Alexandra Eckersley Wiki – Alexandra Eckersley Biography

Alexandra Eckersley’s long history of mental illness contributed to her becoming homeless and estranged from her adoptive parents, Nancy and MLB Hall of Fame pitcher Dennis Eckersley.

This week, Alexandra gained notoriety after it was alleged that her newborn baby boy was found by Manchester police in a dark wooded area in New Hampshire in the early hours of Monday, December 26, naked and shivering in 18-degree weather.

The 26-year-old woman, who had given birth in the woods and is still hospitalized, was initially charged with felony recklessness when it was alleged that she lied to officers about the baby’s whereabouts.


On Tuesday, December 27, Alexandra was charged with new crimes, including endangering the welfare of a child, second degree assault with great contempt, and fabrication of physical evidence.

Alexandra Eckersley Abandoned her newborn baby in dark wooded area

She was charged over the phone. Eckersley told police that she did not know she was pregnant and she admitted to using cocaine and marijuana in the weeks before the child was born, according to an affidavit cited by WCVB.

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Many would assume that Alexandra enjoys a life of luxury with the world at her fingertips as the billionaire daughter of a legendary MLB player.

But that’s far from the truth, especially since she moved out of the Eckersley family home in Massachusetts in late 2017. Nancy, Alexandra’s mother, told prosecutors that she and Dennis, her ex-husband, offered to his daughter in drug treatment for years. but she rejected him and decided to become homeless.


“They had an open offer for her to come home on the condition that she get drug treatment, and she obviously made the decision not to,” Assistant Hillsborough County District Attorney Carl Olson said, as reported by the New York. Post.

“At two years old, Allie was diagnosed with a mental illness, which worsened considerably over the years, leading to multiple hospitalizations and eventually institutionalization,” the Eckersley family said in a statement in May 2019, when journalist Ray Duckler spoke with Alexandra about her time as a homeless person in Concord.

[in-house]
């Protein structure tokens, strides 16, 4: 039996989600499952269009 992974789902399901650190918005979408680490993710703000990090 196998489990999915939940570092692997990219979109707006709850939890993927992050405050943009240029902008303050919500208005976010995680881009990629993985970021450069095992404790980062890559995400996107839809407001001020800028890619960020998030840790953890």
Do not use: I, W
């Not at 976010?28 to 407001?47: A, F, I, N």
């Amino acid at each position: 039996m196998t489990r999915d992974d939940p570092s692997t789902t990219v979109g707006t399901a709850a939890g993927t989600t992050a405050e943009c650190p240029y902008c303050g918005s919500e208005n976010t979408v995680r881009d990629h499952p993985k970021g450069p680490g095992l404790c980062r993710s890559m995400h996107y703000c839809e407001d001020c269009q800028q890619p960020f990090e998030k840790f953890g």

“Our hearts are broken. Unfortunately, in her situation, the issue is less about homelessness and more about mental illness. We continue to hope that Allie seeks the mental health treatment that she desperately needs in order to get her life back on track.” The Eckersley family added that Alexandra has seen “countless therapists, doctors, psychiatrists, neurologists and child health advocates.”


According to Alexandra, Nancy and Dennis adopted her at birth since her original father was abusive and controlling her mother. Since she was six years old, according to Alexandra, she has been in and out of different facilities for behavioral issues and mental health issues, with one episode leading to hospitalization. The first winter after becoming homeless, she Alexandra slept in a tent equipped with cots and a heater, occasionally surfing on the couch.

At the time, Alexandra was said to be living with her boyfriend in the “still bare woods behind the closed liquor store on Storrs Street”, battling bipolar disorder, sadness and anxiety. She claimed that she and her boyfriend were looking for another place to camp in the 2019 interview after police gave them a week to leave because they had trespassed on someone else’s land.

“When I was in Mass., before I moved here, I didn’t learn from any of my mistakes,” Alexandra said. “I didn’t realize that they were mistakes and that I had to admit it and take those responsibilities. Those are mistakes I really don’t want to mention.”


However, Alexandra questioned whether her family supported her during the interview, claiming that Dennis, in particular, had become obsessed with her homelessness.

“He found a way to bring my homelessness into every conversation,” Alexandra said. “What I have wanted all my life is to be accepted by my own family. In my own home, I felt like an outsider, an outcast.” When asked about her efforts to improve during the interview, Alexandra told Duckler that she recently “checked into a Riverbend-backed emergency unit to get back on track… I went there on my own.”

Duckler said that Alexandra had asked him to inform his relatives about his progress. She was using food assistance and taking her medication at the time. Alexandra stated in the 2019 interview that she intended to enroll in college and enter the medical industry to work in mental health, give back, and use her knowledge to help others.


“Money doesn’t matter,” Alexandra said. “Homelessness can happen to anyone.” Despite her parents being supportive and reveling in events like the high school prom, Alexandra said these aspects didn’t “outweigh the bad.”

In February 2019, Alexandra recalled calling her parents to let them know that she had received acceptance letters from Granite State College and the New Hampshire Technical Institute, but did not receive the enthusiastic response she expected because they were only concerned that she was homeless. home.

“I know they do,” she said, acknowledging that her parents love her. “But I don’t want to take the easy way out just because I want a home and an education.”


For now, Eckersley could be released on a $3,000 cash bond, according to Judge Diane Nicolosi, as long as she has no contact with the child or anyone else under the age of 18 and resides in a sober facility with a parent or a house that has been certified by the state.Read More….

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